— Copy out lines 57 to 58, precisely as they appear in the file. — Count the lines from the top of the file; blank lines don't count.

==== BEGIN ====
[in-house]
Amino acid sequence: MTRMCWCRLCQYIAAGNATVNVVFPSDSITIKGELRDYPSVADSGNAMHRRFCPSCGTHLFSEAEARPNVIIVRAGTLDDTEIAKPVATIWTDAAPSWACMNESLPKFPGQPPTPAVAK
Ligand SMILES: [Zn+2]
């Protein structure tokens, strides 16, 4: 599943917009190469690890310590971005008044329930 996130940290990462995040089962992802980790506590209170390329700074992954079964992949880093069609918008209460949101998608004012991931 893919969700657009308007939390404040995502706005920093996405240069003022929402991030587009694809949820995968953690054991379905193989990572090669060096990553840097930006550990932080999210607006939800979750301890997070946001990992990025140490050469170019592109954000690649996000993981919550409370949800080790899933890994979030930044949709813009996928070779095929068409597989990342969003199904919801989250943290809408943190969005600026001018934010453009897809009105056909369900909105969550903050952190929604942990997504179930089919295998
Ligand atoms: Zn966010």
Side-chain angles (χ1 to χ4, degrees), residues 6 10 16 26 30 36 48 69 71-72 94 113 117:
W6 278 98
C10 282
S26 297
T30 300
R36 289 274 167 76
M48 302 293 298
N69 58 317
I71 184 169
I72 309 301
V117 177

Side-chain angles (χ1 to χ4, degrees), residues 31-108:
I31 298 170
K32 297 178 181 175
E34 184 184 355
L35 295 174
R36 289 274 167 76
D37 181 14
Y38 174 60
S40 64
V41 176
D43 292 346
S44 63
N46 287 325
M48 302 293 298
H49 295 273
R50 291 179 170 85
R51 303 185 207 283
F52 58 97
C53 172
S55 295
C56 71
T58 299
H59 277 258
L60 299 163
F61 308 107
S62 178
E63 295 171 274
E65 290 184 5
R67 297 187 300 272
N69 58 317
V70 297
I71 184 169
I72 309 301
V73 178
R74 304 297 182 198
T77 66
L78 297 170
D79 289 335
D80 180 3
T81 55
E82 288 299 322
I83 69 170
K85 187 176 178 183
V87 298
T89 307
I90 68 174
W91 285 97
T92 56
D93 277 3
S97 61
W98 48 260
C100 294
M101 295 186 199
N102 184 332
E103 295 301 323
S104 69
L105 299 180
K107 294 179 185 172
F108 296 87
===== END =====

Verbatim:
E82 288 299 322
I83 69 170